Growing drug-related violence threatens to take over the city Monterrey, a technology center that is currently Mexico's richest city, researchers said.
More than 400 people have been reported killed in Nuevo Leon state so far in 2012, up from 314 in the first three months of 2011, the Los Angeles Times reported Monday. There are visible signs of violence in the city from the bullet holes at the Cafe Iguana, where four people were shot dead in May, to the charred remains of the Casino Royale, where an arson fire killed 52 in August.
Jose Juan Cervantes, a researcher at Nuevo Leon state university, said the violence is clearly driving people away, although there are no hard numbers. He said he and his colleagues are wary of visiting towns around Monterrey because of the violence, with some of them believed to be almost abandoned.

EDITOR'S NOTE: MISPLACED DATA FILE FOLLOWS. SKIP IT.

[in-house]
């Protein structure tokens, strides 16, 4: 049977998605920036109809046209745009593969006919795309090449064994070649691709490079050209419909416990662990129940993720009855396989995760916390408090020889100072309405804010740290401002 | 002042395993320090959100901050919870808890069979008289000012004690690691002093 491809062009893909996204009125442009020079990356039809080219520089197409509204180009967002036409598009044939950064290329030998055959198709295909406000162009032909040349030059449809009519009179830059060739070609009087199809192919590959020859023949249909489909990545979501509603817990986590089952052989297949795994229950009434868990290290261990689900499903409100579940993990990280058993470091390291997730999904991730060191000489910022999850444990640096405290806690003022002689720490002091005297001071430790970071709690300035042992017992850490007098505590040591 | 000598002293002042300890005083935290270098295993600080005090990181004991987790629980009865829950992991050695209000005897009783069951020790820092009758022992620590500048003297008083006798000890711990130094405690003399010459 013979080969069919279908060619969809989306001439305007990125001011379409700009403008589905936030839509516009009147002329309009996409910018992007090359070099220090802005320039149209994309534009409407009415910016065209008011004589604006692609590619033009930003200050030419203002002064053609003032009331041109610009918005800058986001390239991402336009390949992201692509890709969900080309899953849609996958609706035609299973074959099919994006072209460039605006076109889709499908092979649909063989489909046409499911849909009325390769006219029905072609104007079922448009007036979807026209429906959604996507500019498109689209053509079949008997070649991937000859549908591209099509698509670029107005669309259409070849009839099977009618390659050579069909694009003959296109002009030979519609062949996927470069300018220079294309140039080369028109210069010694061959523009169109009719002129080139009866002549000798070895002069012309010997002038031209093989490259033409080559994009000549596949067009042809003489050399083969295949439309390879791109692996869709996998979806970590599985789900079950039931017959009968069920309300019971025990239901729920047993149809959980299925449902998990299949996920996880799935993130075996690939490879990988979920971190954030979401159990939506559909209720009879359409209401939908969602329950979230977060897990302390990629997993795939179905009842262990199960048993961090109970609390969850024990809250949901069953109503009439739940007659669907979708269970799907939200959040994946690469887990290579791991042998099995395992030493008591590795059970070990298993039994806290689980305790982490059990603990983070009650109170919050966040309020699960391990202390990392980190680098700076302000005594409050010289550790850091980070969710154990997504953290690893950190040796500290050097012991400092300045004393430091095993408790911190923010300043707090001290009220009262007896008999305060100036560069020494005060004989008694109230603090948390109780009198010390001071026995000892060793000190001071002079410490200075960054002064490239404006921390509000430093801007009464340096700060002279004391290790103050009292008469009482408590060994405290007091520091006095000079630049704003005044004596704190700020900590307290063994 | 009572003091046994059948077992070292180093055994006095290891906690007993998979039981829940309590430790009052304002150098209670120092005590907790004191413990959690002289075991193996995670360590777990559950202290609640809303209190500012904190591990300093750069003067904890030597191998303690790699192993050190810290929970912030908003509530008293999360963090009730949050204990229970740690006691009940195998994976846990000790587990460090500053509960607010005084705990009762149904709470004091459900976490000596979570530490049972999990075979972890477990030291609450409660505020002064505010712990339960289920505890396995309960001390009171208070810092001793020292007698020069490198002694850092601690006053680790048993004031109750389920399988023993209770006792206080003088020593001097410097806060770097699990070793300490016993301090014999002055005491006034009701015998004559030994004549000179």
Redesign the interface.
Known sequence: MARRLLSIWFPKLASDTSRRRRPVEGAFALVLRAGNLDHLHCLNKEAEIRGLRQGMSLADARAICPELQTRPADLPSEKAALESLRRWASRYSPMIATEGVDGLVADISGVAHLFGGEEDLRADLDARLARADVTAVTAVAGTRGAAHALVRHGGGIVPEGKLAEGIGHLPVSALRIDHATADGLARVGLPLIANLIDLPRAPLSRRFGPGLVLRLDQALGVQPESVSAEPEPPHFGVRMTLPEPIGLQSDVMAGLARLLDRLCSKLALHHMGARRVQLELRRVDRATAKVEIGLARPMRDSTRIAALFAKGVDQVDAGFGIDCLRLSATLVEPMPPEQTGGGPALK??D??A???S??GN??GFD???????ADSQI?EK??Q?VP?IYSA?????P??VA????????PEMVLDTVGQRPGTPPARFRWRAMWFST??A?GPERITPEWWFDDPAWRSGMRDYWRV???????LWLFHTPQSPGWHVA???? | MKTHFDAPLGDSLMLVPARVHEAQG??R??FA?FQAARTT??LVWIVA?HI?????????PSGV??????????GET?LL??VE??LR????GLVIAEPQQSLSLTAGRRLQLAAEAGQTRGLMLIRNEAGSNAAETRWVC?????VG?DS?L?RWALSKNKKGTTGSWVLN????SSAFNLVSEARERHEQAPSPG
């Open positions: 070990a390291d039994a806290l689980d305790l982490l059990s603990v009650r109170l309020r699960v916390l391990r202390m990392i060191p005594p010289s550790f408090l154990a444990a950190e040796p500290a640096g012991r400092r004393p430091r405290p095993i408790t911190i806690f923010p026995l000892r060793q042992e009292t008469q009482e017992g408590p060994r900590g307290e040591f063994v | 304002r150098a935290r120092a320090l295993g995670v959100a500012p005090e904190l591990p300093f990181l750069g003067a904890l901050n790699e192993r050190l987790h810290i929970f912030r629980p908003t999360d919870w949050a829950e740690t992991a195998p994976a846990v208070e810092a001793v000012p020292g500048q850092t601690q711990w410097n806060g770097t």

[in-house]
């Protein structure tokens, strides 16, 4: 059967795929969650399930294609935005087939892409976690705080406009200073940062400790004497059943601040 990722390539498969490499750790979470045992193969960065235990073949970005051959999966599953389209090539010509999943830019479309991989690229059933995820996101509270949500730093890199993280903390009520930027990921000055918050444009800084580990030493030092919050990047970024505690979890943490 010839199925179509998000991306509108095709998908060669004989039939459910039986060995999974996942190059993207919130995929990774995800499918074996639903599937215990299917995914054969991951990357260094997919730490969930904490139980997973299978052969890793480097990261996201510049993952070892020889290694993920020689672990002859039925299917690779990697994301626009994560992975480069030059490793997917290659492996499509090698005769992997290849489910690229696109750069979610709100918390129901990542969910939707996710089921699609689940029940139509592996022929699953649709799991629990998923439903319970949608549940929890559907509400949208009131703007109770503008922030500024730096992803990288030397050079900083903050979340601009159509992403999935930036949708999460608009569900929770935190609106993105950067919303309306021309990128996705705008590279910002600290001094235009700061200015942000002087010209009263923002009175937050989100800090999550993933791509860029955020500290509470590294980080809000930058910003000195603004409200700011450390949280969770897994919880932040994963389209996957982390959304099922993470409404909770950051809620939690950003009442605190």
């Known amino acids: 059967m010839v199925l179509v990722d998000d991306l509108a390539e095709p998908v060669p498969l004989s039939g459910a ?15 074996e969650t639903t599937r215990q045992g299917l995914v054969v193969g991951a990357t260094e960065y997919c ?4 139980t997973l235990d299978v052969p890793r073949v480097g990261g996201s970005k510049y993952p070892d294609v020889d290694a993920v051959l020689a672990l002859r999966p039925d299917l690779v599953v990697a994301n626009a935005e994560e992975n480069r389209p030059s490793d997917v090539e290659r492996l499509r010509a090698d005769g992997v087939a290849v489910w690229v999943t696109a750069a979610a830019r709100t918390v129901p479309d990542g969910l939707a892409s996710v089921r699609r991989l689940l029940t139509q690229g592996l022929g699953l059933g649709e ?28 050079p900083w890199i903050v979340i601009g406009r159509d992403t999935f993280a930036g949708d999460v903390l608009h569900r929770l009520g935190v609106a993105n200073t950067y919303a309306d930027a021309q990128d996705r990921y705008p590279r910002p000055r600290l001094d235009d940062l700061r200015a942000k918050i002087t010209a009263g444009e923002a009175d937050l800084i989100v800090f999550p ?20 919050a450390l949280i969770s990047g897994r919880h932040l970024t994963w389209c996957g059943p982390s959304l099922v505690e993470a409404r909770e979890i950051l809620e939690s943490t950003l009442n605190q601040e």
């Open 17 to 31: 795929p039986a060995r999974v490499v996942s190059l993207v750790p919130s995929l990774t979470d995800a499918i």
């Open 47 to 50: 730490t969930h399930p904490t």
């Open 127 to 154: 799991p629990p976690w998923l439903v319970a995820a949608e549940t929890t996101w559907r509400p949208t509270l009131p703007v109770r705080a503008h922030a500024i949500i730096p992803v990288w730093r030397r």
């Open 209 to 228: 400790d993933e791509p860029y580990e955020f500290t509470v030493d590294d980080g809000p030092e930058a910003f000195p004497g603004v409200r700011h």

"We know people are leaving to the (United States) or other parts of Mexico that are calmer, and not just businesspeople, people of the middle class," he said.
Javier Guzman, 25, who moved to Monterrey in 2006 to attend the Monterrey Institute of Technology, has a job with a company based in the United States. He plans to move home to Oaxaca.
"My parents didn't want me to go to Mexico City because Mexico City was considered crazy and insecure," he told the Times. "And now, it's more insecure here."
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